Friday, March 31, 2006

Toward the Bicentennial

OK, friends, we're on the clock.

A week from tomorrow, 8 April, we'll be two years out from what better be a fitting celebration -- 200 years of the American hierarchy's first expansion. On that day in 1808, the diocese of Baltimore, founded twenty years earlier to serve the whole of the 13 original states, became an archdiocese as new local churches were founded at Boston, New York, Philadelphia and Bardstown (now Louisville).

And the divide between Tridentine and Enlightenment Catholics remains....

With an eye to the reopening of the restored Basilica of the Assumption in Baltimore -- US Catholicism's mother church -- this coming November, the current holder of the Premier See, Cardinal William Keeler, gives an interview to 30 giorni on the basilica, the pioneer bishop John Carroll, and his see's place in the wider prism of the American tradition of religious freedom.
The reply that George Washington delivered to Pius VI about the freedom of the Pope to nominate the bishops in the newly born Confederation of the American States was surprising. The choice fell on the Jesuit John Carroll – who then became archbishop of Baltimore – who had greatly insisted that the first bishop be a native and not one sent from Rome…
KEELER: Carroll well understood that you need someone who understands the local situation. That’s why in more recent periods the popes have tried very hard to ensure that they have native bishops all around the world, aware of the local culture, the ways of the particular people, in the sole purpose of helping to advance the cause of the Church.
And the second American bishop was also a Jesuit, Leonard Neall [sic -- it's Neale]. When I was once ordaining some Jesuits, I told them that the decision of Clement XIV to abolish their order had been a blessing for us, because that made it possible for the Jesuits to come back from Rome and for two of them to be nominated the first two bishops in the United States.
For the bulk of its earlier years, to avoid a vacuum at the top, Baltimore had a constant stream of coadjutors. John Carroll was succeeded immediately on his 1815 death by Neale, who died two years later in a carriage accident and whose coadjutor, the Sulpician Ambrose Marechal, took over immediately....

Well, almost -- Marechal's appointment as coadjutor had been finalized in Rome, but the news hadn't arrived at Baltimore until after Neale's death. Same thing happened with Marechal's coadjutor-successor, James Whitfield. The last of the line was Samuel Eccleston, another Sulpician who rose to the US Church's top post at the age of 33, a month after he was ordained as coadjutor to Archbishop Whitfield.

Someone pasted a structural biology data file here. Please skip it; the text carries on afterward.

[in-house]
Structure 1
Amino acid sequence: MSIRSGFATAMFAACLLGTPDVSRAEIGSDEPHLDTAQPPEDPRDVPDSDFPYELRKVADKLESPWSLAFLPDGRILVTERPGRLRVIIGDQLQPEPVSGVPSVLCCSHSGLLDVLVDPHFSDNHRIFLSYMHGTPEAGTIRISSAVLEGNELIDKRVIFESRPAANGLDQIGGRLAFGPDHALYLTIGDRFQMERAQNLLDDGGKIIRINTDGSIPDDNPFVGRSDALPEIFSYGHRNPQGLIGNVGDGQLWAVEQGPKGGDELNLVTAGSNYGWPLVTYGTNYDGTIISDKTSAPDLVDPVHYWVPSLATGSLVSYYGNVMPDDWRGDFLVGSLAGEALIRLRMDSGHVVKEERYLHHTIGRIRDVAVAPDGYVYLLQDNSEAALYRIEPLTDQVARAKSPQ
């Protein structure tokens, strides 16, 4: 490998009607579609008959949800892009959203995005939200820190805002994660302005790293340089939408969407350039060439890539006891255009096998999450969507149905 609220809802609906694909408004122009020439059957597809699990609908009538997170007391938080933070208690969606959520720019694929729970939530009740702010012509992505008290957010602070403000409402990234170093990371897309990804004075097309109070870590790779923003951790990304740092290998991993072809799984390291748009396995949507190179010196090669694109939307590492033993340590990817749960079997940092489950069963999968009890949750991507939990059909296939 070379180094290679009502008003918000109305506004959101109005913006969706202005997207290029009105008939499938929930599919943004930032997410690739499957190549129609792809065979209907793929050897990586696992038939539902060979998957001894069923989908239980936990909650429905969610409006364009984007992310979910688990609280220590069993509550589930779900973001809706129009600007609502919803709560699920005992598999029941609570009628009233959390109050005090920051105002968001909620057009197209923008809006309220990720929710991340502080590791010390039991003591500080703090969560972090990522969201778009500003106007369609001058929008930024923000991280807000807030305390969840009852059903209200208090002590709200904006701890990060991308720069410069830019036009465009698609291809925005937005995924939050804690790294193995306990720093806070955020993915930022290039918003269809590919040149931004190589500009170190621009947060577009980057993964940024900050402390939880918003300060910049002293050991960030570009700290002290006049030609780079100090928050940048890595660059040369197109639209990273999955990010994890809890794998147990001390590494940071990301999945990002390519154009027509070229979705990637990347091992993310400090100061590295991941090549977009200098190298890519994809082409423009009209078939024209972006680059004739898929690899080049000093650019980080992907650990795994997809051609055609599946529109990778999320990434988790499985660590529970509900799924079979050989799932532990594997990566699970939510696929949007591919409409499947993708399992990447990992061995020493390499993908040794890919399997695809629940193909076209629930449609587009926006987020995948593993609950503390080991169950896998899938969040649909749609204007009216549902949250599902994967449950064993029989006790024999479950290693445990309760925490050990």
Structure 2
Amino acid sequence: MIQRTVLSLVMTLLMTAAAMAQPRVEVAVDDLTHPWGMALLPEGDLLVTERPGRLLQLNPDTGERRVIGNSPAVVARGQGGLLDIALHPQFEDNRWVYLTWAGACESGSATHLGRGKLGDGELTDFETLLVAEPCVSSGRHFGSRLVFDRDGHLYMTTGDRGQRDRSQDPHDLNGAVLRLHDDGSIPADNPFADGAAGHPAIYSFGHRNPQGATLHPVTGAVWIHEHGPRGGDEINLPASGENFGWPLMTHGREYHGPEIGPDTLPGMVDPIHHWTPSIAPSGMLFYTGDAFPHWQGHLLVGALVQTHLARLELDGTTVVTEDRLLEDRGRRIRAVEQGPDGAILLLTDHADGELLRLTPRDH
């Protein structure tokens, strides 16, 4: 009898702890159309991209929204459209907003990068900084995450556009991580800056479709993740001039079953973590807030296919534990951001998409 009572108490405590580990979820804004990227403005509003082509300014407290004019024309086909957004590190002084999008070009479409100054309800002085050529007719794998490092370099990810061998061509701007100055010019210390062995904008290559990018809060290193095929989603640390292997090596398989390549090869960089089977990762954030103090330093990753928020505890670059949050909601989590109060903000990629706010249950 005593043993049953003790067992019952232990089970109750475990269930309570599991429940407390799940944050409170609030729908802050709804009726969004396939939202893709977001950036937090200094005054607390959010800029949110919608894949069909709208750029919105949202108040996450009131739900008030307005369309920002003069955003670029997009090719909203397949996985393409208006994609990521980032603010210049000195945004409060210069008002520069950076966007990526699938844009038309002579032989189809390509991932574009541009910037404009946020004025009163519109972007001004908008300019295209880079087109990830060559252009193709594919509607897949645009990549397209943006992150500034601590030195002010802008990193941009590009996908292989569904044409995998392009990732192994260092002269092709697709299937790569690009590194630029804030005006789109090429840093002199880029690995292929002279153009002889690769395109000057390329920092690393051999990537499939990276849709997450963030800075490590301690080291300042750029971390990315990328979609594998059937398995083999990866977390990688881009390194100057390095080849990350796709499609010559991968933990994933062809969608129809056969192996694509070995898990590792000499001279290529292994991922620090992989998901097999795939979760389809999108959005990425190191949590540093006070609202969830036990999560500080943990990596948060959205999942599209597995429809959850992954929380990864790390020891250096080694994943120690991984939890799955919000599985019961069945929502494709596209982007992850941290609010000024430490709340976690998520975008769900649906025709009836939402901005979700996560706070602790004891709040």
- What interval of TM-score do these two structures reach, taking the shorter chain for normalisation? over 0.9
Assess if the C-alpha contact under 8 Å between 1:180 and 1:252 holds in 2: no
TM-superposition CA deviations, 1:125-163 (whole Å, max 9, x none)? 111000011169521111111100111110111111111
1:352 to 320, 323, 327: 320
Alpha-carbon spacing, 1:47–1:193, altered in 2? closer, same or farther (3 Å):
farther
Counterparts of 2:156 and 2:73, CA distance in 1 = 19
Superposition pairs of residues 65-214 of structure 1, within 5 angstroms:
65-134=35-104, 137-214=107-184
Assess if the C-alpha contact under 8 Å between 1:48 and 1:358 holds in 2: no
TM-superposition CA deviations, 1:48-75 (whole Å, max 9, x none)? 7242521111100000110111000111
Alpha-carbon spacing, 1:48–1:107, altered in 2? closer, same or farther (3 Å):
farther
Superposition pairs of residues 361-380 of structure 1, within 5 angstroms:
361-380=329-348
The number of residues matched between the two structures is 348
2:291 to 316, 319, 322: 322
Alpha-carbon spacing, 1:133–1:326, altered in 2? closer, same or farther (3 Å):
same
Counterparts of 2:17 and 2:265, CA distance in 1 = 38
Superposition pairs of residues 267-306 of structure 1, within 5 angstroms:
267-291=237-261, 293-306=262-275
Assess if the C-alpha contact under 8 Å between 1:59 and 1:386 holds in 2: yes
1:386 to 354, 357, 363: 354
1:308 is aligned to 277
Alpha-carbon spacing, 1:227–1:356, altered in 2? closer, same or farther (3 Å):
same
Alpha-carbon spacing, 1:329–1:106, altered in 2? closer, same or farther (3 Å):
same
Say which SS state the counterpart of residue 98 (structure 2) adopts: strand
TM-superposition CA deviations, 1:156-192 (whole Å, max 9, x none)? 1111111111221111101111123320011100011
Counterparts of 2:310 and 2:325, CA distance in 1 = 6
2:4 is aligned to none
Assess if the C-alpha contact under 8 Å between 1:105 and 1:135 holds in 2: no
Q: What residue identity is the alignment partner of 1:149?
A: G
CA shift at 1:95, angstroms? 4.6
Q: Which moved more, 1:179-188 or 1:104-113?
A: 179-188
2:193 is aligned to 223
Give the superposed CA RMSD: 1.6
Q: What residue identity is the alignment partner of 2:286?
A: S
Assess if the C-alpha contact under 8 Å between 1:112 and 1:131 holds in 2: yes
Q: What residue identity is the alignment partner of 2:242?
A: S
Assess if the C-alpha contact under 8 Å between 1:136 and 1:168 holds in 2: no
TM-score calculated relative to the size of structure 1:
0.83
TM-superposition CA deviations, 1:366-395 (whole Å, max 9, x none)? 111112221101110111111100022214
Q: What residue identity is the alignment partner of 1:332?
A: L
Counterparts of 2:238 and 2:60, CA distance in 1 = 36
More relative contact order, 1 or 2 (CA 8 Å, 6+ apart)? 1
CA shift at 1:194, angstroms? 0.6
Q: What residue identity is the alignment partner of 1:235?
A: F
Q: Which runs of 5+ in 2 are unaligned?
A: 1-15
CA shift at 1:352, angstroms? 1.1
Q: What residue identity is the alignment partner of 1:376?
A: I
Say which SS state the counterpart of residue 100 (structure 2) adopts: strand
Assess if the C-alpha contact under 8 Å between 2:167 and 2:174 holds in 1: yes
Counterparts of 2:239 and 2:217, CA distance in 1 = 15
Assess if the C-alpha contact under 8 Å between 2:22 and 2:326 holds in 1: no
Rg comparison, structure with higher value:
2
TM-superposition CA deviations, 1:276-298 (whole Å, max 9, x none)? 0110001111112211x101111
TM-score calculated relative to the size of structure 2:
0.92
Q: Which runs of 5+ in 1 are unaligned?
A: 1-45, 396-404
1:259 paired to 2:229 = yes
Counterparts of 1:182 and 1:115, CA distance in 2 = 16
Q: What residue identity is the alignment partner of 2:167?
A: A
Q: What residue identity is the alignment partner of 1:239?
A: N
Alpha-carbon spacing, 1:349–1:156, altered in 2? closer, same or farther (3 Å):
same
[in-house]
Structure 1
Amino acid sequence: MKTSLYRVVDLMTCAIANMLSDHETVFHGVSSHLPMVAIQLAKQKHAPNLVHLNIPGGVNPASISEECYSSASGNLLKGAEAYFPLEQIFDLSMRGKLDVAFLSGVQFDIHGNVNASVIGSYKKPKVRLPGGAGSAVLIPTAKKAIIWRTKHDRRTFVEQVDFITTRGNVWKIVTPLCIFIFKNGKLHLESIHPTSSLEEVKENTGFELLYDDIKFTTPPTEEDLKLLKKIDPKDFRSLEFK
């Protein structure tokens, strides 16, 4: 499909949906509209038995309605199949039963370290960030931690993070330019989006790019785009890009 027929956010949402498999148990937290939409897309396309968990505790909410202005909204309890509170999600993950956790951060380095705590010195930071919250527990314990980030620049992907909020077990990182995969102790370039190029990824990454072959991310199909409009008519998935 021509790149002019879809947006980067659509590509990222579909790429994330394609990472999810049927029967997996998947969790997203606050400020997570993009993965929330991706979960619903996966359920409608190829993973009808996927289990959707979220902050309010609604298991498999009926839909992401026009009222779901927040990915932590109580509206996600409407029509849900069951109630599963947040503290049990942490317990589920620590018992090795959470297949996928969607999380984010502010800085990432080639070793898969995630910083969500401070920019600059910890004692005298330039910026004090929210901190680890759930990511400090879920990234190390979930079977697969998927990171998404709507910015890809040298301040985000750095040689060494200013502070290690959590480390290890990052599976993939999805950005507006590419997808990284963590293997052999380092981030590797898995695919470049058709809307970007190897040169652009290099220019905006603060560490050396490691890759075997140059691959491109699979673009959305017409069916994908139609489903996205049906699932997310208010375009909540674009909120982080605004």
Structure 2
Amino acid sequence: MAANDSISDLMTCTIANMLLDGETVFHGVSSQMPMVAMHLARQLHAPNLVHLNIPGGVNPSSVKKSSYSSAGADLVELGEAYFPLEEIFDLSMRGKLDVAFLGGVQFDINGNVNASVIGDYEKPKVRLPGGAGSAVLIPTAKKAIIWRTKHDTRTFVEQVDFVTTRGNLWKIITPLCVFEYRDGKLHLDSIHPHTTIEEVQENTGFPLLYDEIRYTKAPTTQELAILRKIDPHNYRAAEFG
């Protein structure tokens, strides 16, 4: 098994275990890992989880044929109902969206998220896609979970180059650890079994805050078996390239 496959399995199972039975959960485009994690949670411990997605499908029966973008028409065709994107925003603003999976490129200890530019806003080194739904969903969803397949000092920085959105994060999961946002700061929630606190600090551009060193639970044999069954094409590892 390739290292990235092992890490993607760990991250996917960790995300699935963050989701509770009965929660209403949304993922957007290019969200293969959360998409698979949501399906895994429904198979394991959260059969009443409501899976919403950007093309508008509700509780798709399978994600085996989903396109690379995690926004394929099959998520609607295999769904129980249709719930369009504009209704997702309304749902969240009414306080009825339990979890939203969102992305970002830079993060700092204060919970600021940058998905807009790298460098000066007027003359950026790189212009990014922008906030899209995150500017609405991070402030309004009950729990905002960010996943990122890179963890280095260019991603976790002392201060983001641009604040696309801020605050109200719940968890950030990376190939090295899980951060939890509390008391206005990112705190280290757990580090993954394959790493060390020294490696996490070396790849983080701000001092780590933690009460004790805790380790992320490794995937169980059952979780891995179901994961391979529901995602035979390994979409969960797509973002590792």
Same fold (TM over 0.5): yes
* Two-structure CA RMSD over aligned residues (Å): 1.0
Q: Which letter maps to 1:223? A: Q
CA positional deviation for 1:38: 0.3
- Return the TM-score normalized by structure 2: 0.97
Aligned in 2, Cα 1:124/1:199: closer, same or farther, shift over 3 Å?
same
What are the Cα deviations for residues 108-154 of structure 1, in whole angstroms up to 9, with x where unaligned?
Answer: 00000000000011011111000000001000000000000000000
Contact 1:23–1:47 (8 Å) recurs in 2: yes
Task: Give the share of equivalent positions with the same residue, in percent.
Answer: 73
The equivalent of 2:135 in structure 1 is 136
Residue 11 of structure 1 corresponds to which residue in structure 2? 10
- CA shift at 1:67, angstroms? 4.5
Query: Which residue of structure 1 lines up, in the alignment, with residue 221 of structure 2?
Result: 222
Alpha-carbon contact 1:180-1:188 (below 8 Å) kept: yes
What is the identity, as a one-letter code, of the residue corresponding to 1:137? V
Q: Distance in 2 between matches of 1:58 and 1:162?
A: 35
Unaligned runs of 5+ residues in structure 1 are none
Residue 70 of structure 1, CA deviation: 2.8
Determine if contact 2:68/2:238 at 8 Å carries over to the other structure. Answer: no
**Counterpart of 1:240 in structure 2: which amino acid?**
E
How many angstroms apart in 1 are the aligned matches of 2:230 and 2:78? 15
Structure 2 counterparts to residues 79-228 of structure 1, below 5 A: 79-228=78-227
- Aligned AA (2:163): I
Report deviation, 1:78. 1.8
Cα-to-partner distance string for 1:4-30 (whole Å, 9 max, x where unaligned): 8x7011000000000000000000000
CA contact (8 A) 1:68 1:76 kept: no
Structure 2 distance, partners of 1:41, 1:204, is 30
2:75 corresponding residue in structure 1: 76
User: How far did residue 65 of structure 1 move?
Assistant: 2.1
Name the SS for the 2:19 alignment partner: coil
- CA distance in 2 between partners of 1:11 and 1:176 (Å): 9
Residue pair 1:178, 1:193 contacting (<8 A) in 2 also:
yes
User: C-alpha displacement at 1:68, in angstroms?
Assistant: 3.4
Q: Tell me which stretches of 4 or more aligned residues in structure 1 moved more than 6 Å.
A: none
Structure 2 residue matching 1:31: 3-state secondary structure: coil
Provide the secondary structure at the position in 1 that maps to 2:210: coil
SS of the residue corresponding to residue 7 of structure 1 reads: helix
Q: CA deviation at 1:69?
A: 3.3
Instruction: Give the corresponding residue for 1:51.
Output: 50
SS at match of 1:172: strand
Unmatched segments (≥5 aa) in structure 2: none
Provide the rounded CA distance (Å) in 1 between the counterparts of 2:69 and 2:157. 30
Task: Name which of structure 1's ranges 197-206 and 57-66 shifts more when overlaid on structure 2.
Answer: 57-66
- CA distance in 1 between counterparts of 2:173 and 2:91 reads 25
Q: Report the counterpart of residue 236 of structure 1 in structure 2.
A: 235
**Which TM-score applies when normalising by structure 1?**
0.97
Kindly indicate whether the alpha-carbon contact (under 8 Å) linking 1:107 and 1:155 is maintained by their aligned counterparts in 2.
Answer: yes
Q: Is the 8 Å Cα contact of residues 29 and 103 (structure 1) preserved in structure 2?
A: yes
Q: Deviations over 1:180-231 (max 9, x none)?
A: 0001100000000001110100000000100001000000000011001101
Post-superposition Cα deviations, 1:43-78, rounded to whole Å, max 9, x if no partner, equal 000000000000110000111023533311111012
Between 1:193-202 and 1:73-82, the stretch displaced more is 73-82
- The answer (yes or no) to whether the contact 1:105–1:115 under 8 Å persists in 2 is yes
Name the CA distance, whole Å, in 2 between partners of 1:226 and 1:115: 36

Many of you are bored right now, I can tell....

Keeler on the Baltimore Catechism:
Baltimore hosted many Provincial and Plenary Councils, in which all the American Church was represented. What did they talk about?
KEELER: Particularly those topics that we are also concerned about today, that is to give young people a Christian education, pass on a living faith to the generation growing up. The first Plenary Councils established norms about this, before there were public schools on American soil. Those then existing were run by the different religious denominations: Catholics, Baptists, etc....

Your Eminence, what is the “Baltimore Catechism”?
KEELER: The third Plenary American Council decided on the composition of a catechism that would be valid throughout the United States given that there were so many different catechisms in use then. The Council set up a special committee and an Italian priest was chosen to draft the texts that were then reviewed by a committee of bishops. The Catechism was published around 1890.
If I were the interviewer, I'd immediately ask the archbishop of Baltimore "Why did God make me?" just to be sure he could answer the first question of the Catechism published by Gibbons verbatim.

Speaking of Q&A Catechism, word is that the Compendium is out today? I don't know, but while looking for the answer I did find a place where you can send birthday e-cards to Benedict XVI, who turns 79 on Easter Sunday....